News of the deal, which "four people close to the situation" tell the Associated Press was approved Wednesday evening by the boards of both airlines, comes as no surprise as the Washington Post reports that US Airways has been actively pursuing such a merger for much of the past year.
If the two companies do in fact merge -- which would require the approval of both the Department of Justice's Antitrust Division and the judge handling American Airlines' bankruptcy, which the merger is expected to resolve -- ABC News reports that the new company would most likely be called American Airlines.
But the CEO would be current US Airways CEO Doug Parker, while current American Airlines CEO Tom Horton would be named chairman of the new company, AP's sources said.
As for why the merger is taking place, that's a little more complicated. Back in August, creditors demanded that American, which has been under bankruptcy protection since 2011, seek a merger rather than continue to restructure as an independent company.
As such, American, which had already been in conversations with US Airways, began to work out a deal with the company. The two carriers have already worked out agreements with pilots, flight attendants and mechanics, according to ABC News. This groundwork suggests that the deal is better orchestrated and will proceed more smoothly than many other mega-mergers, which often see major issues when employees of two or more entities are brought under one umbrella.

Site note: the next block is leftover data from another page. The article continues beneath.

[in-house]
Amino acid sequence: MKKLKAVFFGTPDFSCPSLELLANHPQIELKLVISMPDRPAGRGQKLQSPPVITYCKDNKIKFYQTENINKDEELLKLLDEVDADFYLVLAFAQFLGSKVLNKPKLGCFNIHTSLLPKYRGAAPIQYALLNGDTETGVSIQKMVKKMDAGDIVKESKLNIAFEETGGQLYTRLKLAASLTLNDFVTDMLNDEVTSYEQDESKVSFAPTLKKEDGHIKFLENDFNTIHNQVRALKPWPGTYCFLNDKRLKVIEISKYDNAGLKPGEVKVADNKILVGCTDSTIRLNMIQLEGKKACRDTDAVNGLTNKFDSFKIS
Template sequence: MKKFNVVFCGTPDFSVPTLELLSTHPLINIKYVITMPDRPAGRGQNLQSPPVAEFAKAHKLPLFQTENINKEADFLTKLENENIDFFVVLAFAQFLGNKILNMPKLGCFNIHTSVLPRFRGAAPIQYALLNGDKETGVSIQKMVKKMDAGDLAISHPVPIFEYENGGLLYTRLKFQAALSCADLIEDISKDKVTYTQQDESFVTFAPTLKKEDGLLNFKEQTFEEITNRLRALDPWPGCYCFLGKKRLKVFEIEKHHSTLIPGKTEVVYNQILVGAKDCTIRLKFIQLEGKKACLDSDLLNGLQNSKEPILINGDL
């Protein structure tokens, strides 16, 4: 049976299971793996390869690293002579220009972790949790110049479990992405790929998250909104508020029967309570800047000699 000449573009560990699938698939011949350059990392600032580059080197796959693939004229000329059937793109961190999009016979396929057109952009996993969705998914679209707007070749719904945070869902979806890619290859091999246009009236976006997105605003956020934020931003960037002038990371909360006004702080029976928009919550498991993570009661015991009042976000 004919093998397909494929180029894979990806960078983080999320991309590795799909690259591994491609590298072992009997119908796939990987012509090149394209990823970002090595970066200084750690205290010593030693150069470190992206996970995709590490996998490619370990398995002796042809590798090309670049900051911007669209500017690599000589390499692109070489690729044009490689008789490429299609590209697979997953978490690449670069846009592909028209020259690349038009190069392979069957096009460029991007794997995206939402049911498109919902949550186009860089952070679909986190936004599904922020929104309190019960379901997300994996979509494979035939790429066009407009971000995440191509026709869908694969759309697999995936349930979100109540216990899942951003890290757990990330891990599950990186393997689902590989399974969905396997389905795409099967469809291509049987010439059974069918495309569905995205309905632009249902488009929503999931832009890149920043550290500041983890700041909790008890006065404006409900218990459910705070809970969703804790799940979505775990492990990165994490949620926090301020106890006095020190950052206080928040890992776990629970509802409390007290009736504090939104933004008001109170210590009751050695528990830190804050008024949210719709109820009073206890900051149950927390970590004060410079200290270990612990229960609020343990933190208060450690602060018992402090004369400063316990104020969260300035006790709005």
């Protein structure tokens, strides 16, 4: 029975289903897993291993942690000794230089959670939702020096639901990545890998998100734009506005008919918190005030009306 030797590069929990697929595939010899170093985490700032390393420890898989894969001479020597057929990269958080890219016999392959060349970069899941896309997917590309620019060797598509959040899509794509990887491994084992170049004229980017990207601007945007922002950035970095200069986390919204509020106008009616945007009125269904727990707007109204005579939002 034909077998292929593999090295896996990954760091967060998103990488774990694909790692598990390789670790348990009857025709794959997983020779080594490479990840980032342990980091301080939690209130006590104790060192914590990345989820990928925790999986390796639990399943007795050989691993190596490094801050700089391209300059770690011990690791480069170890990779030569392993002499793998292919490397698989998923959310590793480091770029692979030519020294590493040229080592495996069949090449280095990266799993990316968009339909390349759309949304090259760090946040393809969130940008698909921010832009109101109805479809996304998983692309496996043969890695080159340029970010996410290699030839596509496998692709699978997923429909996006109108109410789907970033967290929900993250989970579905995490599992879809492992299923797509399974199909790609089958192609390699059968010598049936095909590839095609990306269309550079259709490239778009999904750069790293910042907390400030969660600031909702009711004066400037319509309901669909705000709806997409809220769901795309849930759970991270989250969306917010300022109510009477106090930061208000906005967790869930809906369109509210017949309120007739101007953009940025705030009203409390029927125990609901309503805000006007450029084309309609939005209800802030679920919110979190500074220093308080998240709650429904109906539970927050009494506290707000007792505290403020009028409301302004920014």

Also, ABC News reports that the frequent flyer mile programs of both airlines will merge within months, eliminating yet another possible point of stress for the deal.
The creation of the new airline will mark the third major airline merger since 2008. Delta and Northwest merged that year, retaining the name Delta, and United and Continental joined in 2010, forming the current largest airline, United Airlines, which is slightly smaller than the company that will be created by the American Airlines-US Airways merger, according to ABC News.
There are a number of concerns, however, because if the merger is approved, 86 percent of domestic air travel will be handled by just four carriers: Delta, United, Southwest and the new, bigger version of American Airlines. Together, American and US Airways will be slightly bigger than United.
And fares could go up for domestic flights. Though American and US Airways are not competitors on many of their main routes, ABC News Travel and Lifestyle Editor Genevieve Shaw Brown says that less competition between carriers often means higher ticket prices for travelers.